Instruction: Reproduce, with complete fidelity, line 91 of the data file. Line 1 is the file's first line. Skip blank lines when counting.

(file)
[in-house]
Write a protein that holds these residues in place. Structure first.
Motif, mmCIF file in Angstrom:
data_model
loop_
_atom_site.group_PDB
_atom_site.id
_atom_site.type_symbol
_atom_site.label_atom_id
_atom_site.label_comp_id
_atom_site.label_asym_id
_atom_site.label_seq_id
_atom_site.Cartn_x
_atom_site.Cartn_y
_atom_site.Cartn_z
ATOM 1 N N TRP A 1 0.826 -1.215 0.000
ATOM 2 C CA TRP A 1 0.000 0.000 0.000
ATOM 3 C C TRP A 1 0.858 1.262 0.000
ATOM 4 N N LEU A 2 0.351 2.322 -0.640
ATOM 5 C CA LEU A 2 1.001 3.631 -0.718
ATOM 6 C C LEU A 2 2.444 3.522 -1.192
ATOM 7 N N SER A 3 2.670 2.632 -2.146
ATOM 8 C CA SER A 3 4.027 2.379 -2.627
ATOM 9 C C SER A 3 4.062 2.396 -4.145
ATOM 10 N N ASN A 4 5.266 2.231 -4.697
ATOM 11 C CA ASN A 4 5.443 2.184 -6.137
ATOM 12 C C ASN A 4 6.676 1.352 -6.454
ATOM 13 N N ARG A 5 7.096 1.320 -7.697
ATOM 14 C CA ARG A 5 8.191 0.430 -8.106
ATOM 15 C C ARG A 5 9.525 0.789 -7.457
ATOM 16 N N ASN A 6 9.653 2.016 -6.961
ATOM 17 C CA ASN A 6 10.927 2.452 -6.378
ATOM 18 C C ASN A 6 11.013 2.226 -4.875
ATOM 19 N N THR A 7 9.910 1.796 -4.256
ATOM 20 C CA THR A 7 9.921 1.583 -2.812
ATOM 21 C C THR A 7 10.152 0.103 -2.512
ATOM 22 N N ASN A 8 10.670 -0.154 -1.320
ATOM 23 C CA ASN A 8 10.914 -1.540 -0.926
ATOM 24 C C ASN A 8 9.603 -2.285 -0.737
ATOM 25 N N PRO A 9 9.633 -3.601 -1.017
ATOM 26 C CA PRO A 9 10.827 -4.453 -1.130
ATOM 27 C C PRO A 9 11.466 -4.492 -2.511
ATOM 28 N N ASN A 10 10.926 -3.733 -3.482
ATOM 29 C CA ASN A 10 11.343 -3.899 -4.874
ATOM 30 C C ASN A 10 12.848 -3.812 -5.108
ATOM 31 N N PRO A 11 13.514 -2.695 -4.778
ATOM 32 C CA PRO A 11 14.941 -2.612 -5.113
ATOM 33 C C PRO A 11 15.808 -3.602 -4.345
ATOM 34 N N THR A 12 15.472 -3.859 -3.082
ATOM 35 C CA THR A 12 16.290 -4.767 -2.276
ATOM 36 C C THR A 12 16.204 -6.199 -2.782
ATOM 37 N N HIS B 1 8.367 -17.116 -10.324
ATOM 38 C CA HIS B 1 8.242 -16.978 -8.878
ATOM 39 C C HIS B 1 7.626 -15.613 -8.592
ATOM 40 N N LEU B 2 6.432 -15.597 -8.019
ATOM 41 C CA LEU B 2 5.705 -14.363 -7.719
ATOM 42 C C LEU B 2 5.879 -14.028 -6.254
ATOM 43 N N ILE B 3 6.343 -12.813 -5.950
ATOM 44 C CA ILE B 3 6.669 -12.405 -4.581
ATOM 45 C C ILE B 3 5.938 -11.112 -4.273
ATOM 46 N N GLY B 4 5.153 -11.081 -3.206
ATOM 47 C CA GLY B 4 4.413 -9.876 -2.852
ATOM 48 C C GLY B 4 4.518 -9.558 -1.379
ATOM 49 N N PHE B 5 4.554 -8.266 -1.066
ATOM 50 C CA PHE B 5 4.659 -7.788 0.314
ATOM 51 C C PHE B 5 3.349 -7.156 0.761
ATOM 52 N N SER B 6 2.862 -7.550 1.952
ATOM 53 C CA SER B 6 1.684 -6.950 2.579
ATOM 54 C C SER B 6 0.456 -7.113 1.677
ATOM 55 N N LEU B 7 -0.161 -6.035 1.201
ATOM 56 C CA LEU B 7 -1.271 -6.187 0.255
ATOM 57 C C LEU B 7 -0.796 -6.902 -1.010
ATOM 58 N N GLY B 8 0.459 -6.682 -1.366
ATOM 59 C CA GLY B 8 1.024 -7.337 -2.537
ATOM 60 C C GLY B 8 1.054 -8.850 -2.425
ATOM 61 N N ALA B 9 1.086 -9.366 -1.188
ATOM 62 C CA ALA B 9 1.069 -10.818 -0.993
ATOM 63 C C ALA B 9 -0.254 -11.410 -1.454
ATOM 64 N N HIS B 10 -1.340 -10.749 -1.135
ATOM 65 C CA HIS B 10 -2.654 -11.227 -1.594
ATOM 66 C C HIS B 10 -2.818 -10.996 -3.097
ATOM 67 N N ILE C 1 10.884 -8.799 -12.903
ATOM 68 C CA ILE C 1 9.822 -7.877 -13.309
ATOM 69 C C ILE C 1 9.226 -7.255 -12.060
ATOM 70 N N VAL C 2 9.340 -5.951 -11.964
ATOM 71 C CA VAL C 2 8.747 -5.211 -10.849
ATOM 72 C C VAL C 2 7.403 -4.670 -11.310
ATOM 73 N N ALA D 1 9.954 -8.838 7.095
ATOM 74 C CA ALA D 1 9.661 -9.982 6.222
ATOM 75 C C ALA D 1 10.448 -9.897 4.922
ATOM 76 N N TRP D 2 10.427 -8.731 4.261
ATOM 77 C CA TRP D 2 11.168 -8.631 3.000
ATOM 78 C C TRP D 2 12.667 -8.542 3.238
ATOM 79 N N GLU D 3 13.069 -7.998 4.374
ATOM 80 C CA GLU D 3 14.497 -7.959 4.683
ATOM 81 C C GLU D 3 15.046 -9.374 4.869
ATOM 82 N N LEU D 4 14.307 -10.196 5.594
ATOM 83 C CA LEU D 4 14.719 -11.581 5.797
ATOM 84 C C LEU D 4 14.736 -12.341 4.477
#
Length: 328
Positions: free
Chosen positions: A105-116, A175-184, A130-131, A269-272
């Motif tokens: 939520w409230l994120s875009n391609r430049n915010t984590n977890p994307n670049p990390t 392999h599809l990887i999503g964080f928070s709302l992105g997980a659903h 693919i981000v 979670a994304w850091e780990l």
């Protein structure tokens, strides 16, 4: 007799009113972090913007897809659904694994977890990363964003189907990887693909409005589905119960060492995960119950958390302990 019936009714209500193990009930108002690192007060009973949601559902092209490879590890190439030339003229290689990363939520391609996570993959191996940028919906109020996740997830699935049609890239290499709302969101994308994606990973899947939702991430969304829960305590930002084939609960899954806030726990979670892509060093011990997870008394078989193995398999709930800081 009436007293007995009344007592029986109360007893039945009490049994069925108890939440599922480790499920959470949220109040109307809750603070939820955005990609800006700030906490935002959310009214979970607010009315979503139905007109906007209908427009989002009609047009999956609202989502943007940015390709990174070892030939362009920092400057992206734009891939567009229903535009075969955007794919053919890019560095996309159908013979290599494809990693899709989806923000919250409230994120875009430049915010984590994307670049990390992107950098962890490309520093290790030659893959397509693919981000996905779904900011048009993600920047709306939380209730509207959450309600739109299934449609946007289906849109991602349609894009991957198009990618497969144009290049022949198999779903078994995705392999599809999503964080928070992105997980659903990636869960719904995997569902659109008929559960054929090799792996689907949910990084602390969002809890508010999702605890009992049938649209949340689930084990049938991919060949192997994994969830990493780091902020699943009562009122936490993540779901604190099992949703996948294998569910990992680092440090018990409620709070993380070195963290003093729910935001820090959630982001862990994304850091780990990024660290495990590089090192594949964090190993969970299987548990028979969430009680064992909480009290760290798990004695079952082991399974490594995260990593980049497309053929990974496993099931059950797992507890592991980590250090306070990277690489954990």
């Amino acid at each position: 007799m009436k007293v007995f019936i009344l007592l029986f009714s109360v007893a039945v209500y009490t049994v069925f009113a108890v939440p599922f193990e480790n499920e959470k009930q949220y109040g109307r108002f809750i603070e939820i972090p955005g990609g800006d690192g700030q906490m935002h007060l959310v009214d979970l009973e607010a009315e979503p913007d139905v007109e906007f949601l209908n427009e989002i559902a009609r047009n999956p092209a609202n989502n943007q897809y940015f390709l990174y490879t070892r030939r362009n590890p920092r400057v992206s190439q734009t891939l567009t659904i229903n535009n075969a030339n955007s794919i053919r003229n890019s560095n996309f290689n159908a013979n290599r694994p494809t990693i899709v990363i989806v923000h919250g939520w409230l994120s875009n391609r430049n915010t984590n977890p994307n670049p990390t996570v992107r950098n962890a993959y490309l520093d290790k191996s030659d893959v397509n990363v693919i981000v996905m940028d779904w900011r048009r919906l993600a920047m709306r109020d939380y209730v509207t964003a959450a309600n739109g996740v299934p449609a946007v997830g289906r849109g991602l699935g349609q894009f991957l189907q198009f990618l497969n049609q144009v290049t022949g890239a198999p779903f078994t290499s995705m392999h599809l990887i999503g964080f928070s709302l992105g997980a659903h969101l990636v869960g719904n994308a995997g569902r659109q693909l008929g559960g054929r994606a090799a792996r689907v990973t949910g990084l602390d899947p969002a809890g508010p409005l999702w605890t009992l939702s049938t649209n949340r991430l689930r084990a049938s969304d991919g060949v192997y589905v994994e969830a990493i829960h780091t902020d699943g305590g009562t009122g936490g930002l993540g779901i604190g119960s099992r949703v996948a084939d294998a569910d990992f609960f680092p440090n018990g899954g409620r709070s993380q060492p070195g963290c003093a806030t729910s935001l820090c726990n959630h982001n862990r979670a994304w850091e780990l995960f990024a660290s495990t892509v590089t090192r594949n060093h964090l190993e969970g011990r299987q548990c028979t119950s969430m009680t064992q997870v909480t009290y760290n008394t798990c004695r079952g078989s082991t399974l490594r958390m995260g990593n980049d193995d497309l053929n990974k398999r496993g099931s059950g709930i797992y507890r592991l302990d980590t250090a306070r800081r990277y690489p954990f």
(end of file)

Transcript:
ATOM 76 N N TRP D 2 10.427 -8.731 4.261